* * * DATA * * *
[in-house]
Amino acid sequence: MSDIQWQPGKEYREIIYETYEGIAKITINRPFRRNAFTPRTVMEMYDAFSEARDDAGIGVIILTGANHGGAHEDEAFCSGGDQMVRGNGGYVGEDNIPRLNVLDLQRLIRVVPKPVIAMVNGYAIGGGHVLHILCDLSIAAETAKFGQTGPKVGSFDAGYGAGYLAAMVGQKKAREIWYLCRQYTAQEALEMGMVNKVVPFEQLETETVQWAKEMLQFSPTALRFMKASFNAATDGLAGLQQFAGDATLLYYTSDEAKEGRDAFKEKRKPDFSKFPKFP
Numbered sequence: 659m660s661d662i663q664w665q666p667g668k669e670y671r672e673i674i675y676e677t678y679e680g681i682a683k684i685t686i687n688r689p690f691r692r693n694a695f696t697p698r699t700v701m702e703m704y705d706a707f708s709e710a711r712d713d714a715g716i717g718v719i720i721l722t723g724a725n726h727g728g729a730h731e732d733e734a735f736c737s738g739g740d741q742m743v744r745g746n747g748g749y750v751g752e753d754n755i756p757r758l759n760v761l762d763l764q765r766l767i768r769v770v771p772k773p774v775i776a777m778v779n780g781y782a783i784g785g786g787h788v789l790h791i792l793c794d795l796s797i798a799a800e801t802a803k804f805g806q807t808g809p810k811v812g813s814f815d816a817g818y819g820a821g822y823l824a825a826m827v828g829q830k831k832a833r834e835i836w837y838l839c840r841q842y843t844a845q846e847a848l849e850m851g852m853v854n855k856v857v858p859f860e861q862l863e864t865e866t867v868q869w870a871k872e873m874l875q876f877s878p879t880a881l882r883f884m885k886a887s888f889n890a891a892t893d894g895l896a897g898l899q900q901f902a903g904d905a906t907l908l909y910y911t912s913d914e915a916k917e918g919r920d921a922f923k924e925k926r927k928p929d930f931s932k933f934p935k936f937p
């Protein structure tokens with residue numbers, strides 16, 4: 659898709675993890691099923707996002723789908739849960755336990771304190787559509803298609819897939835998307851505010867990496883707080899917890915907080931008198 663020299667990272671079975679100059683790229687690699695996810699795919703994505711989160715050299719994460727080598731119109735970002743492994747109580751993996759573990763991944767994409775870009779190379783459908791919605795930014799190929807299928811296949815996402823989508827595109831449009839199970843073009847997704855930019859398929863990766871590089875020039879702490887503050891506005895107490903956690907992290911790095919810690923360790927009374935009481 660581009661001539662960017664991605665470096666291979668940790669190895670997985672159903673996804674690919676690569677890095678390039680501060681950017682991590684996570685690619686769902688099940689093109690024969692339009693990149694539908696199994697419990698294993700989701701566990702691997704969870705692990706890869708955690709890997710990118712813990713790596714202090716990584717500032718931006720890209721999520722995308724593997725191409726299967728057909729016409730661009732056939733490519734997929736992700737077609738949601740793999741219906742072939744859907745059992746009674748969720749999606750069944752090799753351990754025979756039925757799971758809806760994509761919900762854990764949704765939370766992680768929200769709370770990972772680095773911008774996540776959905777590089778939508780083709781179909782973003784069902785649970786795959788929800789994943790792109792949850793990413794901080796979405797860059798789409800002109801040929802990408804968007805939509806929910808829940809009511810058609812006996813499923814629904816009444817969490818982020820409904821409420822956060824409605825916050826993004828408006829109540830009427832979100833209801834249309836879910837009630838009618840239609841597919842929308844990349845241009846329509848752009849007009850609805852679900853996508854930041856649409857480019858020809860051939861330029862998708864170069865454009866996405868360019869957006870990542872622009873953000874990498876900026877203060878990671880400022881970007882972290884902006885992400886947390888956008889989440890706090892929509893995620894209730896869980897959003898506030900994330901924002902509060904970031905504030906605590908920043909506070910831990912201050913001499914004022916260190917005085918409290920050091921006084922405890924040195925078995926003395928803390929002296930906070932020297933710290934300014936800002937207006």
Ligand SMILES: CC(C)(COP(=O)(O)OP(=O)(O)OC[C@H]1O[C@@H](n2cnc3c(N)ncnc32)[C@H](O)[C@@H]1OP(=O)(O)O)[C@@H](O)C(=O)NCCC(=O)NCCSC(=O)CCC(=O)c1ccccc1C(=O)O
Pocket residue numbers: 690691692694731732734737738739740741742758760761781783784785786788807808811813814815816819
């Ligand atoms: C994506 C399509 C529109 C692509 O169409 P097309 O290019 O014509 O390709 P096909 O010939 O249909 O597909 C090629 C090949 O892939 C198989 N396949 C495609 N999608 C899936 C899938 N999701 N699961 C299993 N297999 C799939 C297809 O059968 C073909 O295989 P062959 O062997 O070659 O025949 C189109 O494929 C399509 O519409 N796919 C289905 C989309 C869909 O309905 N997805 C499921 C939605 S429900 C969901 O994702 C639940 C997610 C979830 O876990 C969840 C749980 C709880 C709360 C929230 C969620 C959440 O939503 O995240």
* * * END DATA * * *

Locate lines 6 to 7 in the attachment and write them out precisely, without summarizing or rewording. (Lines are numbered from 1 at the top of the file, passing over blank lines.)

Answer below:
Pocket residue numbers: 690691692694731732734737738739740741742758760761781783784785786788807808811813814815816819
């Ligand atoms: C994506 C399509 C529109 C692509 O169409 P097309 O290019 O014509 O390709 P096909 O010939 O249909 O597909 C090629 C090949 O892939 C198989 N396949 C495609 N999608 C899936 C899938 N999701 N699961 C299993 N297999 C799939 C297809 O059968 C073909 O295989 P062959 O062997 O070659 O025949 C189109 O494929 C399509 O519409 N796919 C289905 C989309 C869909 O309905 N997805 C499921 C939605 S429900 C969901 O994702 C639940 C997610 C979830 O876990 C969840 C749980 C709880 C709360 C929230 C969620 C959440 O939503 O995240």